|Masterstroke - ‘Broken’ (Dynamic Arts)|
|Written by Mark Ashby|
|Friday, 15 February 2013 03:30|
I know everyone thinks us music journalists have an easy life, we just sit around on big plush leather sofas, listening to loads of free shit, phoning PR people to blag our way into gigs… well, despite what our Gaz says, it IS like that a lot of the time… but, sometimes… there are times when it’s not all so simples.
Like when a band’s PR Company sends you said act’s latest CD and all there is in the packet is a single sheet of paper, with the band’s logo at the top, the name of the album and the record company releasing it and an email address. No biog. No info. No anything. And the CD? Well, it doesn’t even have a cover, never mind something as basic and straightforward as a tracklisting.
So, as a highly experienced (and dedicated) journalist, am I going to go off and do the PR guy’s job for him? Am I going to log onto Google or Facebook and find out as much information as I can? AM I FUCK!
So, given all the above, and as tempted as I was to stuff said CD straight into the envelope that finds it way over to the recycling plant on the Wirral every couple of weeks, am I going to review ‘Broken’ by Masterstroke, as released on Dynamic Arts Records on January 11th? (There you go, dear reader, you have as much information as I was given about this particular album – at least you can say that Uber Rock is a full service website, imparting all our worldly knowledge to you…)?
OK, before I start getting hate mail, I’m not a complete numpty, and I’m not going to let something as stupid as a piss poor PR mail out stand in my way of making a balanced judgement of what actually turns out to be not a bad album – the fourth from this Finnish power metal outfit (the following information is obtained from their much more informative official website).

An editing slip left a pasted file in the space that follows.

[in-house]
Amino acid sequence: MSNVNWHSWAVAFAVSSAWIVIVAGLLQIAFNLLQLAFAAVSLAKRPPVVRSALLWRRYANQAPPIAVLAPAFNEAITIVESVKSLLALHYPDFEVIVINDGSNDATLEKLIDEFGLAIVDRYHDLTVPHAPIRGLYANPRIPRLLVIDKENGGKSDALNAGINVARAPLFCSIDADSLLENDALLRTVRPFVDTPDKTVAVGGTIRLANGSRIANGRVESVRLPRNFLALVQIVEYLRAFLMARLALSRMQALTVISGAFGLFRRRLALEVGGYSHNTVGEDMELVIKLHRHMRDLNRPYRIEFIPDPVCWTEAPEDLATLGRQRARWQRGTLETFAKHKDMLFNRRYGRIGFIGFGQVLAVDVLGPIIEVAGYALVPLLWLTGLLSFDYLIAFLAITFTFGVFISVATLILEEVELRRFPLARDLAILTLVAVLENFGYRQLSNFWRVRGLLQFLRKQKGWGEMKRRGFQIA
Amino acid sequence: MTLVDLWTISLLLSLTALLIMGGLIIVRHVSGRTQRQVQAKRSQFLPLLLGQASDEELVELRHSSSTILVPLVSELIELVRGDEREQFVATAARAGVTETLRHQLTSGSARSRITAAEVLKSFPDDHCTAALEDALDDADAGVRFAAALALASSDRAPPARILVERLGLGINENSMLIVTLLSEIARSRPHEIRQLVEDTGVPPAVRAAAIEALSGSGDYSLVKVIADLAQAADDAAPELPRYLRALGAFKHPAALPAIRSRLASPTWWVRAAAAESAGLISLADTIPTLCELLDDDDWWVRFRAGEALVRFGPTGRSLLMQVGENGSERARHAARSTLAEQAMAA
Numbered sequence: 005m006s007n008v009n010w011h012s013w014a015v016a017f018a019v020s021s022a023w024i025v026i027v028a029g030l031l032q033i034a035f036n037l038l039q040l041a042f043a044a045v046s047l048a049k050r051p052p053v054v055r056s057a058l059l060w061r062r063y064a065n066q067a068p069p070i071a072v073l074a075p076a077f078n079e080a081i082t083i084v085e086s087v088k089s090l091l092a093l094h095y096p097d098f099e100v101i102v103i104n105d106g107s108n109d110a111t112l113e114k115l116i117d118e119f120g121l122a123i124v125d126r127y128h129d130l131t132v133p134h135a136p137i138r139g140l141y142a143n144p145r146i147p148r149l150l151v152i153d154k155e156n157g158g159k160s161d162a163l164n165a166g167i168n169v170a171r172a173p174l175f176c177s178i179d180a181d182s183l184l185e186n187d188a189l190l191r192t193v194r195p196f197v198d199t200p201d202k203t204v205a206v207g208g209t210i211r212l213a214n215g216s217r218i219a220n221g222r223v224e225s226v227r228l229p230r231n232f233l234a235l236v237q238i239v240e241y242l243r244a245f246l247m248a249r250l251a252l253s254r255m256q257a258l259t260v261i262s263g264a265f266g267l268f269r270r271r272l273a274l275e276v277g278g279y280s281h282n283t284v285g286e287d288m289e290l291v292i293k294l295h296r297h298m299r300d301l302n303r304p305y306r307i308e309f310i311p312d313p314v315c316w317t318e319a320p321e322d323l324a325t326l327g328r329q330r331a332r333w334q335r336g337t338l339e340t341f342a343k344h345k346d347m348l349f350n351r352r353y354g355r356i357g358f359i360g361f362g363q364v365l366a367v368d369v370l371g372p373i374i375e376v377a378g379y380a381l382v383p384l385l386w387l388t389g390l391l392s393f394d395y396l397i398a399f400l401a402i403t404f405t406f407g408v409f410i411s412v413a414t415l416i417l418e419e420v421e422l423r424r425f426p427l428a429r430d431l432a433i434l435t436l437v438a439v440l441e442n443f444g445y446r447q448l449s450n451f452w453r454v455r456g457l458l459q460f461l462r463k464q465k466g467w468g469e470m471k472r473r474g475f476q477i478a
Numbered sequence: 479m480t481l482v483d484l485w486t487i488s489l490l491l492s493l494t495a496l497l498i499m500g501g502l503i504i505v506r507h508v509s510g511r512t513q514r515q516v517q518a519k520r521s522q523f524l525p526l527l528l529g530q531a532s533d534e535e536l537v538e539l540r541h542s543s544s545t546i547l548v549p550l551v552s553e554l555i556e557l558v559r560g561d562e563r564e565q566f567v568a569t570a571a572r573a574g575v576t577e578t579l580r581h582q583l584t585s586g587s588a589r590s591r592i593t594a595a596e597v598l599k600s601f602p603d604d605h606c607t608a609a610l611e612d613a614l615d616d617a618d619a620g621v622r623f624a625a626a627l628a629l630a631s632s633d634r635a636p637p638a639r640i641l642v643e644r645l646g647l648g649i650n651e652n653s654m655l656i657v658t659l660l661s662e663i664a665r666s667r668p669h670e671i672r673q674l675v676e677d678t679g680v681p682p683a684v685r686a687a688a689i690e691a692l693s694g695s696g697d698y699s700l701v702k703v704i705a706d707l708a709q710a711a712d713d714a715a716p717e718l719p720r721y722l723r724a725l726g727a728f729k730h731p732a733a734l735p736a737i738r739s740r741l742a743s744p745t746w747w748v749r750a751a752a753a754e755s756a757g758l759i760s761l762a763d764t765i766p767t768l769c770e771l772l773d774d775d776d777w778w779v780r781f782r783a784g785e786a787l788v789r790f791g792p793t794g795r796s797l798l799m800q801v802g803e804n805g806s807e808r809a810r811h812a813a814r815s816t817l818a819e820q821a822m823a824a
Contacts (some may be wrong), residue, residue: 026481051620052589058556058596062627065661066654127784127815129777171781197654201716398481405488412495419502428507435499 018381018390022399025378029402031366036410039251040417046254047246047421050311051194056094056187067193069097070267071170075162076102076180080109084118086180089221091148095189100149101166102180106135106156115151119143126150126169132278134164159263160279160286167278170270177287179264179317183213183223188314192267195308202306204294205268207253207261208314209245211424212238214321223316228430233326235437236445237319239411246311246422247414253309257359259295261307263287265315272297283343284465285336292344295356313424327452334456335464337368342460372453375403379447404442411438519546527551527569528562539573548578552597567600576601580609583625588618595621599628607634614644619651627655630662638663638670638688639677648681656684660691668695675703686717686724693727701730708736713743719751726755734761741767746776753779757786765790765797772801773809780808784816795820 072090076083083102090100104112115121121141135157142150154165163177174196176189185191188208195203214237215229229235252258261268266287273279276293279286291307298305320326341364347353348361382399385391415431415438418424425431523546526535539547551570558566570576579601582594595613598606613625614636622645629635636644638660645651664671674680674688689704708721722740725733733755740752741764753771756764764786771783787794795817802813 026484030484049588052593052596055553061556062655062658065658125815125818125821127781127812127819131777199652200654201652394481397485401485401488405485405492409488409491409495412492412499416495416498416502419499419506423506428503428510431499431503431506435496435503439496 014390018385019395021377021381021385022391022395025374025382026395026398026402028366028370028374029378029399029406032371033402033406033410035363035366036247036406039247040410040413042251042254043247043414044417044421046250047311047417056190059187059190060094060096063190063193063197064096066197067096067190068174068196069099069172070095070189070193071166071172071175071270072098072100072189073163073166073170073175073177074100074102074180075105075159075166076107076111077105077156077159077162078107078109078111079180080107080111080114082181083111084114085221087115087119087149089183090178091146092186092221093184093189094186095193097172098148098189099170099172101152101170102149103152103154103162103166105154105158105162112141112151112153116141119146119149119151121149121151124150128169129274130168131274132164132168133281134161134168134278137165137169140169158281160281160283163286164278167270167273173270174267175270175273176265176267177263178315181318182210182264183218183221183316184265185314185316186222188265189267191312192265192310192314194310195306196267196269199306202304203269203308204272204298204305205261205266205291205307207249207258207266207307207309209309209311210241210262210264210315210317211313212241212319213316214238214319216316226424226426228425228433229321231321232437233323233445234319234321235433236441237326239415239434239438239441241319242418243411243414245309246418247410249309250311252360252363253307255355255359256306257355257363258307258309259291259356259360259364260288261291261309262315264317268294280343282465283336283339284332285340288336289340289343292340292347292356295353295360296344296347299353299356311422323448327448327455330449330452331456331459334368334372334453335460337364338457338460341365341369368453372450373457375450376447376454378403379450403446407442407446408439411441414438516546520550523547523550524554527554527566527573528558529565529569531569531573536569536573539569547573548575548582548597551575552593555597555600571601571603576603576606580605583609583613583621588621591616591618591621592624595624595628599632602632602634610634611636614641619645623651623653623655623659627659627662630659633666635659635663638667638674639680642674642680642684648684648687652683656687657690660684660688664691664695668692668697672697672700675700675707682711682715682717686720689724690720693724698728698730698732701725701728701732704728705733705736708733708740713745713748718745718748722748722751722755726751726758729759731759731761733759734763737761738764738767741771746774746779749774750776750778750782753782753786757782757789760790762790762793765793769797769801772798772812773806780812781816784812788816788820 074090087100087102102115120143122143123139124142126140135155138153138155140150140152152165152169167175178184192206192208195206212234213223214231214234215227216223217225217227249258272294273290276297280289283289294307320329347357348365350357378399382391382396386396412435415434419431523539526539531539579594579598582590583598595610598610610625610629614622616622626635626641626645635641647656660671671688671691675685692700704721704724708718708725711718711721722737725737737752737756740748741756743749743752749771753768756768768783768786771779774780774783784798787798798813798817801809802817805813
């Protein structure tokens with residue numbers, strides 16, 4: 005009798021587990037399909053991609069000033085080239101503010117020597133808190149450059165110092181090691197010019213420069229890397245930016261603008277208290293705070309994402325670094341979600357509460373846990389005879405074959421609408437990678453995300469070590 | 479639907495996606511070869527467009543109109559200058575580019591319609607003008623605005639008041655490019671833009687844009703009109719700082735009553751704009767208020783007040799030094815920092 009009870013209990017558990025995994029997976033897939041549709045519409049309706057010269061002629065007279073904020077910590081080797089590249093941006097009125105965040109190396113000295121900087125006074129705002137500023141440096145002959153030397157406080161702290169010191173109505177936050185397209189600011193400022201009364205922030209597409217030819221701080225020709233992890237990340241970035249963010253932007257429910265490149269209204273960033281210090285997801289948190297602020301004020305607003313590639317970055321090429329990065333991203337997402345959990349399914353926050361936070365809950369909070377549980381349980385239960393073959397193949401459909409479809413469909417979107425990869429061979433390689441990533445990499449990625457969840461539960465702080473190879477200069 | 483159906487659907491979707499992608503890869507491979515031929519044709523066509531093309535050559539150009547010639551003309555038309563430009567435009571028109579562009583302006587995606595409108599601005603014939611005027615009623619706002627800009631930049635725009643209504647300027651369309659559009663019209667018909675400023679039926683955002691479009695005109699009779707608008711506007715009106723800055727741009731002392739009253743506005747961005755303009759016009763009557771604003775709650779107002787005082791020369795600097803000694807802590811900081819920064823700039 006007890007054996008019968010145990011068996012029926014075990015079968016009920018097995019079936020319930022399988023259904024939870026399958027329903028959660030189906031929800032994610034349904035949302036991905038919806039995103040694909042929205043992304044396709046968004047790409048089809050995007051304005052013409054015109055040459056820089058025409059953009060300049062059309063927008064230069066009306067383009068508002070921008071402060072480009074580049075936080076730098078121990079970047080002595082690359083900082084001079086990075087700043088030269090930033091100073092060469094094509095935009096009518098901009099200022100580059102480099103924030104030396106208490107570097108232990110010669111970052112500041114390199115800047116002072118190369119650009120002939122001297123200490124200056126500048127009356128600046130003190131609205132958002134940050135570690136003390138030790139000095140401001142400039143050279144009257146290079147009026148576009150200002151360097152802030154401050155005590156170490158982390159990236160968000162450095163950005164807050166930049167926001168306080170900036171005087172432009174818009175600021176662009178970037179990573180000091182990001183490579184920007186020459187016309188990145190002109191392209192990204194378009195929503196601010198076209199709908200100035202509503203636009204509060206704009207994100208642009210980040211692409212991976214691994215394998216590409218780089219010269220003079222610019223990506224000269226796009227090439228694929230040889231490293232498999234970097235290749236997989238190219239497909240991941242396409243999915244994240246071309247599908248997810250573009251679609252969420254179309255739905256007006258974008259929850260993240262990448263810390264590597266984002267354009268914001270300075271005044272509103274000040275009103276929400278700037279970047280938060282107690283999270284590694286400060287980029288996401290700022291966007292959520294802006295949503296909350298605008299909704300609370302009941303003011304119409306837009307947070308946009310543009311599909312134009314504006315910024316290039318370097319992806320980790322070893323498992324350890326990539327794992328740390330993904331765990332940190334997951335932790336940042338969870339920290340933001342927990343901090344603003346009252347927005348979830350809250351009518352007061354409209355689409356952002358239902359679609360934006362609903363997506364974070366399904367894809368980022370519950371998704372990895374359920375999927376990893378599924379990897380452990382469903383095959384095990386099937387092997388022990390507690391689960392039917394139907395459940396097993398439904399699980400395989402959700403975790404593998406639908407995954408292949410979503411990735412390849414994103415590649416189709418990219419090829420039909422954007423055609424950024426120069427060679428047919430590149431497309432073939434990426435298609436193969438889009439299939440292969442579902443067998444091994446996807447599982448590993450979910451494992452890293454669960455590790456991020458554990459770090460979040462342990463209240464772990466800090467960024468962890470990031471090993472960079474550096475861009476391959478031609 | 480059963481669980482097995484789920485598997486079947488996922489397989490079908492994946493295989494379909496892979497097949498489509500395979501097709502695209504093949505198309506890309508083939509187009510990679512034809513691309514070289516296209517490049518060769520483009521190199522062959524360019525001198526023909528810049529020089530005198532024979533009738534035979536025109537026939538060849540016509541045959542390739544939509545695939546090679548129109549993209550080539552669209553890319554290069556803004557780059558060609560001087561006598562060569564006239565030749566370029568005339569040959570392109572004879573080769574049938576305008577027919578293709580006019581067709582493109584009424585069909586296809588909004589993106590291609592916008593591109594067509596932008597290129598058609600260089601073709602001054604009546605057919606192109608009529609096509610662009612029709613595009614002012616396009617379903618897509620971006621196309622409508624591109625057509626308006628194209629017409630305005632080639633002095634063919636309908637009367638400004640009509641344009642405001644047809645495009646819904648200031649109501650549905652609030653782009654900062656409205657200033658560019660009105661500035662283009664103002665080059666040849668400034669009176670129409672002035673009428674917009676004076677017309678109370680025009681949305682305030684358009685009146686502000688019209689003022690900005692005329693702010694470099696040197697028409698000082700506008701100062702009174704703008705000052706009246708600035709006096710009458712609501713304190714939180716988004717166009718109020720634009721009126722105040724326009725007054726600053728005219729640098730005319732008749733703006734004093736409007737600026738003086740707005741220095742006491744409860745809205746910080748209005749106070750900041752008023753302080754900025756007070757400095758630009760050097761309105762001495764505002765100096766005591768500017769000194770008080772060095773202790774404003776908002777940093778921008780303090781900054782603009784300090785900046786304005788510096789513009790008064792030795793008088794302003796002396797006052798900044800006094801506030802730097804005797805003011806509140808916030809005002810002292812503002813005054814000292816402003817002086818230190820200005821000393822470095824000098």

It takes a while to get going: openers ‘The Eye’ and ‘I Condemn You’ are fairly standard heavy metal tunes with some pretty decent riffs, while ‘Seed Of Chaos’ and ‘Broken’ are pretty forgettable. It’s not until the second half, with ‘As We Crawl’ and the intricate ‘Reborn In Flames’ that things really start to get interesting, especially in relation to Niko Rauhala’s vocals, which are rich and deep and in total contrast to the squealing of many frontmen working within the power metal spectrum: indeed, Masterstroke’s sound, as a whole, is much denser and more effective for that approach.
So, it was worth throwing my initial journalistic prejudices aside and doing a bit of digging and listening… see, we do some work (now and again!)!